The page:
The exact solution for the shape and gravitational field of a rotating two-layer Maclaurin ellipsoid of revolution is compared with predictions of the theory of figures up to third order in the small rotational parameter of the theory of figures. An explicit formula is derived for the external gravitational coefficient $J_2$ of the exact solution. A new approach to the evaluation of the theory of figures based on numerical integration of ordinary differential equations is presented. Read More

We evaluate optimized parallel sparse matrix-vector operations for several representative application areas on widespread multicore-based cluster configurations. First the single-socket baseline performance is analyzed and modeled with respect to basic architectural properties of standard multicore chips. Beyond the single node, the performance of parallel sparse matrix-vector operations is often limited by communication overhead. Read More

We evaluate optimized parallel sparse matrix-vector operations for two representative application areas on widespread multicore-based cluster configurations. First the single-socket baseline performance is analyzed and modeled with respect to basic architectural properties of standard multicore chips. Going beyond the single node, parallel sparse matrix-vector operations often suffer from an unfavorable communication to computation ratio. Read More

'Empirical' models (pressure vs. density) of Uranus and Neptune interiors constrained by the gravitational coefficients J_2, J_4, the planetary radii and masses, and Voyager solid-body rotation periods are presented. The empirical pressure-density profiles are then interpreted in terms of physical equations of state of hydrogen, helium, ice (H_2O), and rock (SiO_2) to test the physical plausibility of the models. Read More

Both Uranus and Neptune are thought to have strong zonal winds with velocities of several hundred meters per second. These wind velocities, however, assume solid-body rotation periods based on Voyager 2 measurements of periodic variations in the planets' radio signals and of fits to the planets' magnetic fields; 17.24h and 16. Read More

Numerical approaches to Anderson localization face the problem of having to treat large localization lengths while being restricted to finite system sizes. We show that by finite-size scaling of the probability distribution of the local density of states (LDOS) this long-standing problem can be overcome. To this end we reexamine the approach, propose numerical refinements, and apply it to study the dependence of the distribution of the LDOS on the dimensionality and coordination number of the lattice. Read More

The increasing importance of multicore processors calls for a reevaluation of established numerical algorithms in view of their ability to profit from this new hardware concept. In order to optimize the existent algorithms, a detailed knowledge of the different performance-limiting factors is mandatory. In this contribution we investigate sparse matrix-vector multiplication, which is the dominant operation in many sparse eigenvalue solvers. Read More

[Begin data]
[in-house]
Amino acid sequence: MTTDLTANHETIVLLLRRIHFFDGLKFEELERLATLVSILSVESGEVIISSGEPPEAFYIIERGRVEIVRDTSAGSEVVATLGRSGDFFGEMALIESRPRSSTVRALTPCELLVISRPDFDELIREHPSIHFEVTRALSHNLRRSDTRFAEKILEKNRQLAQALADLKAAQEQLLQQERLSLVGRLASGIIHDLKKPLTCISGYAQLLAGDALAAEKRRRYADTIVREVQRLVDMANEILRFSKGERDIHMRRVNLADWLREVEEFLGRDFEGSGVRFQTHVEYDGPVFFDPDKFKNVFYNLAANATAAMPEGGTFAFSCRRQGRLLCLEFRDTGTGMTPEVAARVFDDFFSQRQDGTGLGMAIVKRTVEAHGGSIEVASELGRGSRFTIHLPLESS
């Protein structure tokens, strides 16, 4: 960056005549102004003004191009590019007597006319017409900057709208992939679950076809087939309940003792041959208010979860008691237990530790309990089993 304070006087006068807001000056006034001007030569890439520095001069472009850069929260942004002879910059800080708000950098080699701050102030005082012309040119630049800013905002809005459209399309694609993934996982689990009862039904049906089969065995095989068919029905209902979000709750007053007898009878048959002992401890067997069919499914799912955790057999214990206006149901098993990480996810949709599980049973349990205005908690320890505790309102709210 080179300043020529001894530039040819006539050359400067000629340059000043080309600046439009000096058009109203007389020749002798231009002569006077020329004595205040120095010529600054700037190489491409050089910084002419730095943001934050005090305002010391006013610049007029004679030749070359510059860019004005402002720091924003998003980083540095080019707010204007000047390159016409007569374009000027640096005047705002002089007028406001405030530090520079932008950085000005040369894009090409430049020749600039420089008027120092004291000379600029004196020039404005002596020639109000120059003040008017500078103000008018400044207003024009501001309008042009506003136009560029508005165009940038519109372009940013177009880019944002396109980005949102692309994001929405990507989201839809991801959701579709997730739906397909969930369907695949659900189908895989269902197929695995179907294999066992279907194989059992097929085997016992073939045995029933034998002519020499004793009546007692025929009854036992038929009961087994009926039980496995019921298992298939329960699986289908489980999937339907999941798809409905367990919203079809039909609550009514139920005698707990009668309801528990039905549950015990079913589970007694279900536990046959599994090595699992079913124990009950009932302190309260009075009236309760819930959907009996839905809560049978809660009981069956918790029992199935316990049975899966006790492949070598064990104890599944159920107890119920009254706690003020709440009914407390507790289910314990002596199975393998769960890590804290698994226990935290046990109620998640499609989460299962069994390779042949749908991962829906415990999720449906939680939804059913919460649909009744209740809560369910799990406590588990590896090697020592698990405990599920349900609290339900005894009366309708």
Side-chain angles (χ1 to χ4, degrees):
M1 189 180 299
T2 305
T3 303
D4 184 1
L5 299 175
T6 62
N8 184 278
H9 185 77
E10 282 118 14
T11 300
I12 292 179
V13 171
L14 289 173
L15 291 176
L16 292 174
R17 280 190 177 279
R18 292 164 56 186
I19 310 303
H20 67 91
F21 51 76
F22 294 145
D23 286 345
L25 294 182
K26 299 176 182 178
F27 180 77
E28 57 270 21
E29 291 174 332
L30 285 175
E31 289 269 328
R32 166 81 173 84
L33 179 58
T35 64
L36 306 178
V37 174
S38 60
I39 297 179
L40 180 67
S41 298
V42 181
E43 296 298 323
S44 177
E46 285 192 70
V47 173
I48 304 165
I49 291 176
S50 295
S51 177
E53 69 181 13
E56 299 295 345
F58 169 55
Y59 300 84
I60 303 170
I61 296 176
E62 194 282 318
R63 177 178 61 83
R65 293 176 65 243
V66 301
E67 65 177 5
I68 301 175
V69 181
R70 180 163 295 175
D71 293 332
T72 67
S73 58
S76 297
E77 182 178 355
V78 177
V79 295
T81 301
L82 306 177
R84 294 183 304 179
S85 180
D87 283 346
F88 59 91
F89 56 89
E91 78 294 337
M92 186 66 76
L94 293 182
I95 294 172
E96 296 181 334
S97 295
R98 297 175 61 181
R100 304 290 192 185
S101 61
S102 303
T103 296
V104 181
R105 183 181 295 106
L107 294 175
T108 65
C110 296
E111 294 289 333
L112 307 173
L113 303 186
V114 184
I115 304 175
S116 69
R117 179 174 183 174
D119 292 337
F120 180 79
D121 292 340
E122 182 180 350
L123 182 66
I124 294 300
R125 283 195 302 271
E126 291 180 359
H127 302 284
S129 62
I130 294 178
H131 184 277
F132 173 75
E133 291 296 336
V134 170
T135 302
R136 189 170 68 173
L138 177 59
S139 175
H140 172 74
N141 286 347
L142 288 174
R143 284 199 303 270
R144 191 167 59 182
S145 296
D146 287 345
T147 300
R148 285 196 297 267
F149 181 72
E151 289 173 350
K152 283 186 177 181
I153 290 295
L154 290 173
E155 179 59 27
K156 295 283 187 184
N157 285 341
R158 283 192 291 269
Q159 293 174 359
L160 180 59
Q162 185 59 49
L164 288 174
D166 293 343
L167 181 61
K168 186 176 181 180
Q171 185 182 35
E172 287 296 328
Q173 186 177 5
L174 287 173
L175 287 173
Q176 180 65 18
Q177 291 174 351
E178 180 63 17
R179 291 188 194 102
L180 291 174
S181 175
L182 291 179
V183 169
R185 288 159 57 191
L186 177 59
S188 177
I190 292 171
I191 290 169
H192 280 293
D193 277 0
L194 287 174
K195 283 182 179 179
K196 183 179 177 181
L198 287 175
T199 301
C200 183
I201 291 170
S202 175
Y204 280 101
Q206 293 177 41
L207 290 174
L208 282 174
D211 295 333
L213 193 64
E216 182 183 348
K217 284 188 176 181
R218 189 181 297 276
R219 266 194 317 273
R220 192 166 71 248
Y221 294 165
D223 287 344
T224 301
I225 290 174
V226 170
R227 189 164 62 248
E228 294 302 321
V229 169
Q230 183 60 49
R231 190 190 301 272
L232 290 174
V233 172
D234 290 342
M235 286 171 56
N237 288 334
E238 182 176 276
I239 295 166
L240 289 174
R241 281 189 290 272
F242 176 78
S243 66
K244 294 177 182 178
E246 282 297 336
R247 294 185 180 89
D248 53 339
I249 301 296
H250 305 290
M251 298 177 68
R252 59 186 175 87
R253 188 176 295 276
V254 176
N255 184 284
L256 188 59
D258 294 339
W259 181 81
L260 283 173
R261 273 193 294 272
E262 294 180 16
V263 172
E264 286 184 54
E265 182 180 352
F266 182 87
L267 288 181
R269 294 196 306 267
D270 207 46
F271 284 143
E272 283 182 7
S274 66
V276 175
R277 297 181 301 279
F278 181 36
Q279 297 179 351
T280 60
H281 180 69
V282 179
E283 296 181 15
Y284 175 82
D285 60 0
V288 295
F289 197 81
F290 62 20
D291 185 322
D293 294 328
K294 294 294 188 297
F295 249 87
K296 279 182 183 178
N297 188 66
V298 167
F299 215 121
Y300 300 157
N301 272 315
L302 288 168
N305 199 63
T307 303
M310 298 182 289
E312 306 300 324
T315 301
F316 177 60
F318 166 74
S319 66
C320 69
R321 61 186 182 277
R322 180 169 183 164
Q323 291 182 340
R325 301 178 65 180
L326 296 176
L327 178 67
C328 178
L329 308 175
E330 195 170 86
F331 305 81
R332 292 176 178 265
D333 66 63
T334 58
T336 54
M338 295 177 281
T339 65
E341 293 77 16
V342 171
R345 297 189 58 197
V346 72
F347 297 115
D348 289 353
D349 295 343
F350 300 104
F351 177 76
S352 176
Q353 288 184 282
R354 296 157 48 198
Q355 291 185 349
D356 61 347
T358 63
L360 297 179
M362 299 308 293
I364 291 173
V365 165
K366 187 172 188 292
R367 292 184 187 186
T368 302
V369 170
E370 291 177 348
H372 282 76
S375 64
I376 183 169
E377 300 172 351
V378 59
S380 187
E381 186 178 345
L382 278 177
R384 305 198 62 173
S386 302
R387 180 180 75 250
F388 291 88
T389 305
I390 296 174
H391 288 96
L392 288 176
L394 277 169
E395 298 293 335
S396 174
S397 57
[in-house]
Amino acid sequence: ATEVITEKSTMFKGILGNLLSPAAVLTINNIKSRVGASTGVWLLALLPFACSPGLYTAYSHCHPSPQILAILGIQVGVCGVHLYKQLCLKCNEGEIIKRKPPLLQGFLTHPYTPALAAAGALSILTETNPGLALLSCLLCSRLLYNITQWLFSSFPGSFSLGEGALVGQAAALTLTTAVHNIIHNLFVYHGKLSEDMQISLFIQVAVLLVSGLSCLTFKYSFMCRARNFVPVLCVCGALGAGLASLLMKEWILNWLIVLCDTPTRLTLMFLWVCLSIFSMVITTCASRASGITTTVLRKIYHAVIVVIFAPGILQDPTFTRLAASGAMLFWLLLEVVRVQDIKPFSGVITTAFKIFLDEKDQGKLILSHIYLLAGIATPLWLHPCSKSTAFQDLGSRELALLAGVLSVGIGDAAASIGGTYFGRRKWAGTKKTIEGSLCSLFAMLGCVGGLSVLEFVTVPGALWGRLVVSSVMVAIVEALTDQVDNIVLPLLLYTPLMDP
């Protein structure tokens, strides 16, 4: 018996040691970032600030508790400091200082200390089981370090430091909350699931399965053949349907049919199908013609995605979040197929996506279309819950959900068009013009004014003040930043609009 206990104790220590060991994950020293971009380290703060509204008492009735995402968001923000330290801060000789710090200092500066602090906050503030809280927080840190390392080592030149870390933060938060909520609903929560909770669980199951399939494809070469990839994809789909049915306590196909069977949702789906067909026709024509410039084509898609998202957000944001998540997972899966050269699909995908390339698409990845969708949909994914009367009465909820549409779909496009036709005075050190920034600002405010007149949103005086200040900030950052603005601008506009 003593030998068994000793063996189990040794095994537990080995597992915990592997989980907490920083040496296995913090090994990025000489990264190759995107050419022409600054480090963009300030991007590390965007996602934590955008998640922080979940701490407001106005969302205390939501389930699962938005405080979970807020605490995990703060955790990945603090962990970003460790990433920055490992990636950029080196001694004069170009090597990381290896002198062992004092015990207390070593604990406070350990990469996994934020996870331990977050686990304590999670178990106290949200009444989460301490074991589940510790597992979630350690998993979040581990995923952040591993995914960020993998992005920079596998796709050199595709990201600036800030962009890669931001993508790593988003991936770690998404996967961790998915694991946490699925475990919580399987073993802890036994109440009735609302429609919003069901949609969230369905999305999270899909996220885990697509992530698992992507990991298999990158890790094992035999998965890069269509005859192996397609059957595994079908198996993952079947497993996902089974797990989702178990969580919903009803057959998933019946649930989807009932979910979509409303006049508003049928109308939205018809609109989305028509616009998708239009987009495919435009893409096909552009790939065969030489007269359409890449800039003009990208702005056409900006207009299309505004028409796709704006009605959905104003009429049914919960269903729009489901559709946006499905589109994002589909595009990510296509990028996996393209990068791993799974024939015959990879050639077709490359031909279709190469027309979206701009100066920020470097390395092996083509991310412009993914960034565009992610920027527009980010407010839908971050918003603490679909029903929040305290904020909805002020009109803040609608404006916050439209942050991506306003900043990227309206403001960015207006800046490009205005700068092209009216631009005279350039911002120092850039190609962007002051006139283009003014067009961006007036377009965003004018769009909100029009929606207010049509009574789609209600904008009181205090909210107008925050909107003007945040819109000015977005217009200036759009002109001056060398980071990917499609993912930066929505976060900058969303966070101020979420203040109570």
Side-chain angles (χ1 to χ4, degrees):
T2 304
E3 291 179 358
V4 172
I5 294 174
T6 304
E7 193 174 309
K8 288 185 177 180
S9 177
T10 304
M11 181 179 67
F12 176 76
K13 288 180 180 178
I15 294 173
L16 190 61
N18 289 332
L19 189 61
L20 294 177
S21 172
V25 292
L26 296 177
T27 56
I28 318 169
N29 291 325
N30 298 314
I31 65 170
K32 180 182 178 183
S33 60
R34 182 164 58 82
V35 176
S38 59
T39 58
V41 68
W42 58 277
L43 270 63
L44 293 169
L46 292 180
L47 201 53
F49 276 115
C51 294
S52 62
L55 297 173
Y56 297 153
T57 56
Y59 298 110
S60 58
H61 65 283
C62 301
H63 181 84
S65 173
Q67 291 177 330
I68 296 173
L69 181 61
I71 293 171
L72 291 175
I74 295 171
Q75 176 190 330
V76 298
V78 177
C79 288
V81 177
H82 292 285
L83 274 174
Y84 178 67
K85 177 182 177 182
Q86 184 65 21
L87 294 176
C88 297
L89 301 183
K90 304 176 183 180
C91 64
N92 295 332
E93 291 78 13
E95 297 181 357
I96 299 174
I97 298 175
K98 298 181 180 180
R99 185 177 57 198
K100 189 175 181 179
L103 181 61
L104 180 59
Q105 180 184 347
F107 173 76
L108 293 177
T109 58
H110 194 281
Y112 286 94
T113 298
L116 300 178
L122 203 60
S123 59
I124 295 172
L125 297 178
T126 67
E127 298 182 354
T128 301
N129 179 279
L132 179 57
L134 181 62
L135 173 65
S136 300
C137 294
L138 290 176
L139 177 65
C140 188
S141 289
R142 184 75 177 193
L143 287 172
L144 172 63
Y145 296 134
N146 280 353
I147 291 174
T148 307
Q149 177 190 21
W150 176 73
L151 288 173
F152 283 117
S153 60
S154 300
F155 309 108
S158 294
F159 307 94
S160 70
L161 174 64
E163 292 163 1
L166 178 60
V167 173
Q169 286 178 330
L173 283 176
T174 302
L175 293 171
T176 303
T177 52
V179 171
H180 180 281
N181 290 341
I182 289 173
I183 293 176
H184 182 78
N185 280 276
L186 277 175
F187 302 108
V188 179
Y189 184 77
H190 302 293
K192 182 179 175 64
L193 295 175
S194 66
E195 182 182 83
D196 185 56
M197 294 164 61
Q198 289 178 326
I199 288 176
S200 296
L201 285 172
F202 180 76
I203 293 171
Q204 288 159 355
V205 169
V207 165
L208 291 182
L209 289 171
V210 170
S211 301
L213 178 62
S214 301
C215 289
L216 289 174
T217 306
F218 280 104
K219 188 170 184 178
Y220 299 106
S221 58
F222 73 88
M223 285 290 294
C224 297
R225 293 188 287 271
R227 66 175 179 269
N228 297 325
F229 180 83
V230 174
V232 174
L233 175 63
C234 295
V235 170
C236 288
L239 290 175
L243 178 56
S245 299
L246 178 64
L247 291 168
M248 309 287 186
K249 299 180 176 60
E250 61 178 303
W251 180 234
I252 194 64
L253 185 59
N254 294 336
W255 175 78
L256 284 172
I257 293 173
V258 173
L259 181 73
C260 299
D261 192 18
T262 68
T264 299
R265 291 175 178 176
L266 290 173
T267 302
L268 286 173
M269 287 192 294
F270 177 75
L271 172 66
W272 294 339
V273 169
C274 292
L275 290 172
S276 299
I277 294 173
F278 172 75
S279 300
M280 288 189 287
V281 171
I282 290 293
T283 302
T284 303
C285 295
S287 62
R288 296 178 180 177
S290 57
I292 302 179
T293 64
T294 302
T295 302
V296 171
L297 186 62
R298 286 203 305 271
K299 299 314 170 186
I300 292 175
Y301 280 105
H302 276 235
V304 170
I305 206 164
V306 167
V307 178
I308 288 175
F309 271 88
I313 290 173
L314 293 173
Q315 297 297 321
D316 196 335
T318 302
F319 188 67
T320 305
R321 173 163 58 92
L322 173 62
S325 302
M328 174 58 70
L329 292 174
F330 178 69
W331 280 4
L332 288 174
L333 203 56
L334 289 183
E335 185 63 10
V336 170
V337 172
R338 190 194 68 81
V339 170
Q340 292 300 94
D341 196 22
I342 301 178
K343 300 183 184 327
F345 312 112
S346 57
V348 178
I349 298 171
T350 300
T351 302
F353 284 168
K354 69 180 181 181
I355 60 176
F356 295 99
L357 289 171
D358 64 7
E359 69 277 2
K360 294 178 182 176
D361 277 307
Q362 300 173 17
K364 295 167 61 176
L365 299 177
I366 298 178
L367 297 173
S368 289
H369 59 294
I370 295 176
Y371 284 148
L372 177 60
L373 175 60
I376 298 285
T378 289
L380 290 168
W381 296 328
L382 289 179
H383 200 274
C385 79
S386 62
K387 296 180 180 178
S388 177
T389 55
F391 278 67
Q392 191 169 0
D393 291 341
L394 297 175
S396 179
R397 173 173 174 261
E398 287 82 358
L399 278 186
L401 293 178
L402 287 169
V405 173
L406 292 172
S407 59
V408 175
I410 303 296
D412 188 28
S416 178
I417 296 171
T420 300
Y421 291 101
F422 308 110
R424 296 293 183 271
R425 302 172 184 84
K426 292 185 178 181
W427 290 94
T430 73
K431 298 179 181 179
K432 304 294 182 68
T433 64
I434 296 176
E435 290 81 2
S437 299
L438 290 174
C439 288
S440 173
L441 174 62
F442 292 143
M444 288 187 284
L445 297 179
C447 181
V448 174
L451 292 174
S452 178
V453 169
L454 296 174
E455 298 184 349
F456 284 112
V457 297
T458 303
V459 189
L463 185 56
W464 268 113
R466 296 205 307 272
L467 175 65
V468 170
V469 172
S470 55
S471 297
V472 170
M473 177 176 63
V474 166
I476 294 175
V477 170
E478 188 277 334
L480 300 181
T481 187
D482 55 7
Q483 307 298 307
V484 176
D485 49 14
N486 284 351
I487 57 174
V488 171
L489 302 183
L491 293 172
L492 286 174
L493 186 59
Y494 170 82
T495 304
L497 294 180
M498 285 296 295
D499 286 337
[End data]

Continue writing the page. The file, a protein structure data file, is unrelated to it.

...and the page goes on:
Anderson & Schubert (2007, Science,317,1384) proposed that Saturn's rotation period can be ascertained by minimizing the dynamic heights of the 100 mbar isosurface with respect to the geoid; they derived a rotation period of 10h 32m 35s. We investigate the same approach for Jupiter to see if the Jovian rotation period is predicted by minimizing the dynamical heights of its isobaric (1 bar pressure level) surface using zonal wind data. A rotation period of 9h 54m 29s is found. Read More

We examine several numerical techniques for the calculation of the dynamics of quantum systems. In particular, we single out an iterative method which is based on expanding the time evolution operator into a finite series of Chebyshev polynomials. The Chebyshev approach benefits from two advantages over the standard time-integration Crank-Nicholson scheme: speedup and efficiency. Read More

In this lecture note we demonstrated the capability of the local distribution approach to the problem of quantum percolation. Read More

Disorder effects strongly influence the transport properties of graphene based nanodevices even to the point of Anderson localization. Focusing on the local density of states and its distribution function, we analyze the localization properties of actual size graphene nanoribbons. In particular we determine the time evolution and localization length of the single particle wave function in dependence on the ribbon extension and edge geometry, as well as on the disorder type and strength. Read More